’ : dolphins does it take to screw in a lightbulb? Zero, because there are no dim bulbs in the dolphin world.
Cetaceans, the group of animals that includes dolphins and whales, are intelligent, big-brained creatures that form friendships and social traditions similar to those of humans. They also play, babysit, hunt cooperatively and teach one another how to do things. “They have signature whistles,” says study co-author Michael Muthukrishna, an assistant professor of economic psychology at the London School of Economics. “They actually have names for each other.”
A new study published in Nature Ecology and Evolution looks at how the size of an animal’s brain affects its social activity. Researchers at the University of Manchester, the University of British Columbia, Stanford University and the London School of Economics and Political Science gathered data from years of studies on the brain sizes of 90 species of whales and dolphins, as well as from studies by field scientists on the breadth of social behaviors of wild dolphins and whales, such as using language, sharing goals, teaching one another, acting with empathy and making decisions based on consensus. By assigning a value to each species based on how often it engaged in these social actions, the scientists were able to plot the sociability and brain size. The graph showed that as brain size increased, so did the breadth and number of social behaviors.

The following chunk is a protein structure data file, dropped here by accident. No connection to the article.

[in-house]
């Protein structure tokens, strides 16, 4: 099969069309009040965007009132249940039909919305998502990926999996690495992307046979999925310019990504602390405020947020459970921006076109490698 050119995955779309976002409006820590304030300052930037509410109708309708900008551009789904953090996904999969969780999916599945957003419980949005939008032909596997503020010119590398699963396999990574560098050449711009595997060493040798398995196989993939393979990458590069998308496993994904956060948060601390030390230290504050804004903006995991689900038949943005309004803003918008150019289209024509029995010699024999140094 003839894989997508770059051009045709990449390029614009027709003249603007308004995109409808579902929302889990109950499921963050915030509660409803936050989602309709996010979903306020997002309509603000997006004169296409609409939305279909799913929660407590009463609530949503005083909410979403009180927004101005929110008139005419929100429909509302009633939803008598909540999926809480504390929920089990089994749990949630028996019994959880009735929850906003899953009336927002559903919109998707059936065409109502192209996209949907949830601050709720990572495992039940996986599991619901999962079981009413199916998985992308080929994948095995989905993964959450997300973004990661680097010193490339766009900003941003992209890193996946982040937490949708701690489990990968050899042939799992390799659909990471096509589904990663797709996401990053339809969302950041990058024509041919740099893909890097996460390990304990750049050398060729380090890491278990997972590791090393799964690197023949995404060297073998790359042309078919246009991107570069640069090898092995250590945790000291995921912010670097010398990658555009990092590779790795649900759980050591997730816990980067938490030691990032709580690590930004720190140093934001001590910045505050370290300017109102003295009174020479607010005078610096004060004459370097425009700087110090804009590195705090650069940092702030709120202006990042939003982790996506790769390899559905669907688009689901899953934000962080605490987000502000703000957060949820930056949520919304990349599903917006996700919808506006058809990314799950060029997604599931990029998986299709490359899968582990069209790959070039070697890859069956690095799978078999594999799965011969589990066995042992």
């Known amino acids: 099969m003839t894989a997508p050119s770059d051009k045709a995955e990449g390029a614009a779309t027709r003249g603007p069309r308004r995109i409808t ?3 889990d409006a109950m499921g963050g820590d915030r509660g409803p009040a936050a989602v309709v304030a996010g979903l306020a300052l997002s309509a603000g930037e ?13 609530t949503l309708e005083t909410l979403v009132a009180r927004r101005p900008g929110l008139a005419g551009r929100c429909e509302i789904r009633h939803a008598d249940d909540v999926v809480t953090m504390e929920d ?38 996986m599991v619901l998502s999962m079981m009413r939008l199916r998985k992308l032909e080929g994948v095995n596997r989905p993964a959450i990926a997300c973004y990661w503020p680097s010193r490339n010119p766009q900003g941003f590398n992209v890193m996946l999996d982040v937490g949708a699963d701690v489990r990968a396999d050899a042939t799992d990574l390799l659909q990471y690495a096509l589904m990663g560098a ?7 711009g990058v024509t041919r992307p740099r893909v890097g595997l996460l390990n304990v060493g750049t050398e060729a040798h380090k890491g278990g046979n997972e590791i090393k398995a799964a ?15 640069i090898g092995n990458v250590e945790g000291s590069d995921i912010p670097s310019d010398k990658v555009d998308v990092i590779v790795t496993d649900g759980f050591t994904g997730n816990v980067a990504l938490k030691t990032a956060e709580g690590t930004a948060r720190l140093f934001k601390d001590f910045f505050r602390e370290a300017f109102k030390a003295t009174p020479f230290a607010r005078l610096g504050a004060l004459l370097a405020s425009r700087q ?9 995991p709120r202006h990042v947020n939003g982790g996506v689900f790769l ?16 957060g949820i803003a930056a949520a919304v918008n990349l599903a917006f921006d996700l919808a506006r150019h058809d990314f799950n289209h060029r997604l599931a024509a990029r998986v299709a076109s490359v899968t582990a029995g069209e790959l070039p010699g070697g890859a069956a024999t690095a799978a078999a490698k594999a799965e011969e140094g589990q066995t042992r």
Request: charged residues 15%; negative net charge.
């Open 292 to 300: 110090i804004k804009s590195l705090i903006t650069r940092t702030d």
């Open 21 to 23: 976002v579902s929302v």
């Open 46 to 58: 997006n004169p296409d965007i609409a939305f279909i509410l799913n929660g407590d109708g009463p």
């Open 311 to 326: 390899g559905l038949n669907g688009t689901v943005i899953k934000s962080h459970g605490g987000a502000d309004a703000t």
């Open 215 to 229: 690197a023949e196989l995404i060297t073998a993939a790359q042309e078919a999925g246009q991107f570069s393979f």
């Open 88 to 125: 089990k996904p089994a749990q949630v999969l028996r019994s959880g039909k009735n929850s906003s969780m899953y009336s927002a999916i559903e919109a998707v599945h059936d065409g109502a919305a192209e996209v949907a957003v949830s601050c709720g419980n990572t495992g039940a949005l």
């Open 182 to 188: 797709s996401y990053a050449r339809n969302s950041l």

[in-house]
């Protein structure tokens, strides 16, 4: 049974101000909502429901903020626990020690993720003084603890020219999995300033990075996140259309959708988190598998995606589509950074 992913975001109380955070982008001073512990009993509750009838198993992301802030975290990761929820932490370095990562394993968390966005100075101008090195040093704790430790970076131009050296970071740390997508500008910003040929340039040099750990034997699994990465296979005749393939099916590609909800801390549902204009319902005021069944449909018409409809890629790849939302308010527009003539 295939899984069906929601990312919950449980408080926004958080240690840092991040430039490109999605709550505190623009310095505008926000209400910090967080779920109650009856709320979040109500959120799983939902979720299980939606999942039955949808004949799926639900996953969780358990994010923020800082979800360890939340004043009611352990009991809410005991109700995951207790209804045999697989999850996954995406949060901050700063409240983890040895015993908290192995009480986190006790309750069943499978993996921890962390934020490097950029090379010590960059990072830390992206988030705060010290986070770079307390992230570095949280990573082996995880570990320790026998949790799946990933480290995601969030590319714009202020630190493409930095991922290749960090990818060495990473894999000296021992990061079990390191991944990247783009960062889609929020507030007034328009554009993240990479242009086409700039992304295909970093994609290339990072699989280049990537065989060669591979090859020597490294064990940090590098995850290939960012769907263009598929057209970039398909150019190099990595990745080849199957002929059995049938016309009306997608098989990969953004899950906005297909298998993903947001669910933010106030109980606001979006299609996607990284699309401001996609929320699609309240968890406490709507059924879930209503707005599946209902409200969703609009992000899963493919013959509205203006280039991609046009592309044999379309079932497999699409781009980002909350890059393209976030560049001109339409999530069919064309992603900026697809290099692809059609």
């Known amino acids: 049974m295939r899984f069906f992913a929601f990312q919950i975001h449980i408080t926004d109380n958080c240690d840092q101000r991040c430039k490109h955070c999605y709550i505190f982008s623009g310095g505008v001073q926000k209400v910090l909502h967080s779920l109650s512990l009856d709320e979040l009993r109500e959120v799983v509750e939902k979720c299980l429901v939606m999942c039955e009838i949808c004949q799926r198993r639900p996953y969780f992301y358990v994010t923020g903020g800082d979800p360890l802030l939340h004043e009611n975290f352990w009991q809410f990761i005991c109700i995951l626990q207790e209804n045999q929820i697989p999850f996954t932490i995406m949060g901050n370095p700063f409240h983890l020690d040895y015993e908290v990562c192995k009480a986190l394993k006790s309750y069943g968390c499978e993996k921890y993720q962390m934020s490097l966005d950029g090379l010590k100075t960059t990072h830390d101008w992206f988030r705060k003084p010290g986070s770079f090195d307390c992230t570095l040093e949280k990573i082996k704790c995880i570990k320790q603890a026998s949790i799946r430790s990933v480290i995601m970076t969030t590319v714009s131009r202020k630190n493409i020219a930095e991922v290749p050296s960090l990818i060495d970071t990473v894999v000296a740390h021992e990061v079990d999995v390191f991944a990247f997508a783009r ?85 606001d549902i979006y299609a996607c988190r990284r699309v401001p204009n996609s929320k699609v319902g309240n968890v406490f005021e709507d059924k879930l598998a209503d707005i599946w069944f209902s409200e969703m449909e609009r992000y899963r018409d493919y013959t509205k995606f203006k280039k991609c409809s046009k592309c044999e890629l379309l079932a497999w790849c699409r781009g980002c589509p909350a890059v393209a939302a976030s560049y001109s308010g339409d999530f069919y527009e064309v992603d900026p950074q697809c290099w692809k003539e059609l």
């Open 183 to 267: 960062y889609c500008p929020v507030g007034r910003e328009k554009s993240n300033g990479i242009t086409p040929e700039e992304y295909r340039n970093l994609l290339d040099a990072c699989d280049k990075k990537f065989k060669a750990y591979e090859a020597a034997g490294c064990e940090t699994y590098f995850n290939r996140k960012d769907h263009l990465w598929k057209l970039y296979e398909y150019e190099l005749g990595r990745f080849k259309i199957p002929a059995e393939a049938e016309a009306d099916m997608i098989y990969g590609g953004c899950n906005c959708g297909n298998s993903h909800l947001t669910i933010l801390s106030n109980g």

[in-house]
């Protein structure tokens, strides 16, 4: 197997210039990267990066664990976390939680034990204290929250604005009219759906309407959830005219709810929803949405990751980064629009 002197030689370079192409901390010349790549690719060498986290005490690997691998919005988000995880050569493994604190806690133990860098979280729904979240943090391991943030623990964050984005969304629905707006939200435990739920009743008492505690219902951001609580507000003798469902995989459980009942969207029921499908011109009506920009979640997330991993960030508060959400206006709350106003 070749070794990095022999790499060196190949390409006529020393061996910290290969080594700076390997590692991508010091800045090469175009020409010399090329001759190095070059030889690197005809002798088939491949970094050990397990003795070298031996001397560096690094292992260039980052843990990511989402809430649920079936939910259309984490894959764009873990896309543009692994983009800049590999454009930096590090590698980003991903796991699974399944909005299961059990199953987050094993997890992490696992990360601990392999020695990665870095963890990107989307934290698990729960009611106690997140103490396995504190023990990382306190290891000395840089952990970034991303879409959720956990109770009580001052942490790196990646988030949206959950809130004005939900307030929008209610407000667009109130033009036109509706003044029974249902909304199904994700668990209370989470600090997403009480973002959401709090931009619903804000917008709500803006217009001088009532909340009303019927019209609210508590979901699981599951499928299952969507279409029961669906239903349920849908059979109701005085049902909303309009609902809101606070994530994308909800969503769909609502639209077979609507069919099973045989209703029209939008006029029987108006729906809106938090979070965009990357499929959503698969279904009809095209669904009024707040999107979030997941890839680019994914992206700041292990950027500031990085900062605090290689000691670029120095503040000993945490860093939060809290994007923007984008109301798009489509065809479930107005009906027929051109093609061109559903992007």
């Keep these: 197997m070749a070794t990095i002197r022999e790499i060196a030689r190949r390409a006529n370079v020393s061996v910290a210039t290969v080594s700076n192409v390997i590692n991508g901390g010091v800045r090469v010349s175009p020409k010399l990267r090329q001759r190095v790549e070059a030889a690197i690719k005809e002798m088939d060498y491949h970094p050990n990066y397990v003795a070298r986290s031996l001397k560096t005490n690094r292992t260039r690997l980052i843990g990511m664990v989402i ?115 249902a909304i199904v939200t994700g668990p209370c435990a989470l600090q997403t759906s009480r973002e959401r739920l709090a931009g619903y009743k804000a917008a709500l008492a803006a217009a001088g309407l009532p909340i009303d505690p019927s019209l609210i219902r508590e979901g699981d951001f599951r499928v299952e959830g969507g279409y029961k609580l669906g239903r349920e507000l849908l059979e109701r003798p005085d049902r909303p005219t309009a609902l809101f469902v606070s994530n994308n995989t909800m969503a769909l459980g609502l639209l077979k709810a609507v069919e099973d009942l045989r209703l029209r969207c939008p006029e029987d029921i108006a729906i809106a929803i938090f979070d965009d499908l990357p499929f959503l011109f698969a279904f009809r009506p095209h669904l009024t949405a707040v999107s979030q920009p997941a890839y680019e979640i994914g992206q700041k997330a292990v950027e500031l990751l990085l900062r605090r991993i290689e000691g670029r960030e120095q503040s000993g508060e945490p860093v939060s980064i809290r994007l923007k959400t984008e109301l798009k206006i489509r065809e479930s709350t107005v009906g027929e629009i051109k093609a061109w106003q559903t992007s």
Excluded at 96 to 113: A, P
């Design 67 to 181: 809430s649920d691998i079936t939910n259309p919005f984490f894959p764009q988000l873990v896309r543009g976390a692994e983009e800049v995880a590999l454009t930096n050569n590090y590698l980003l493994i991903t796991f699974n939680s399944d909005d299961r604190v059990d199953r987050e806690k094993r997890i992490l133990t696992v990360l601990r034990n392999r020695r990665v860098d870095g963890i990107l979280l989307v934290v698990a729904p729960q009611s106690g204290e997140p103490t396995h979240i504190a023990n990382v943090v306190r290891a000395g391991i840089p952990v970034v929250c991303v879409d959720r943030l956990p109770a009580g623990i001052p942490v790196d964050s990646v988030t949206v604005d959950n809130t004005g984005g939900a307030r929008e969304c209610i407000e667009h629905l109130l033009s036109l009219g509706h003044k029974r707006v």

The findings may teach us about ourselves as well. They suggest that the evolution of human brain size and our social instincts may be linked. However, dolphins are not about to evolve into bipedal, anthropomorphs with advanced societies like those of humans. Although whale and dolphin societies are similar socially to those of humans, the aquatic animals lack certain abilities necessary for human evolution. They can communicate well and hunt efficiently, but they do not have thumbs, which are required to make complex tools. Furthermore, the ability to cook was an important milestone in human evolution, and this is an advantage we will always have over dolphins. “They will never discover fire,” says Muthukrishna, “because it’s very difficult to light a fire underwater.”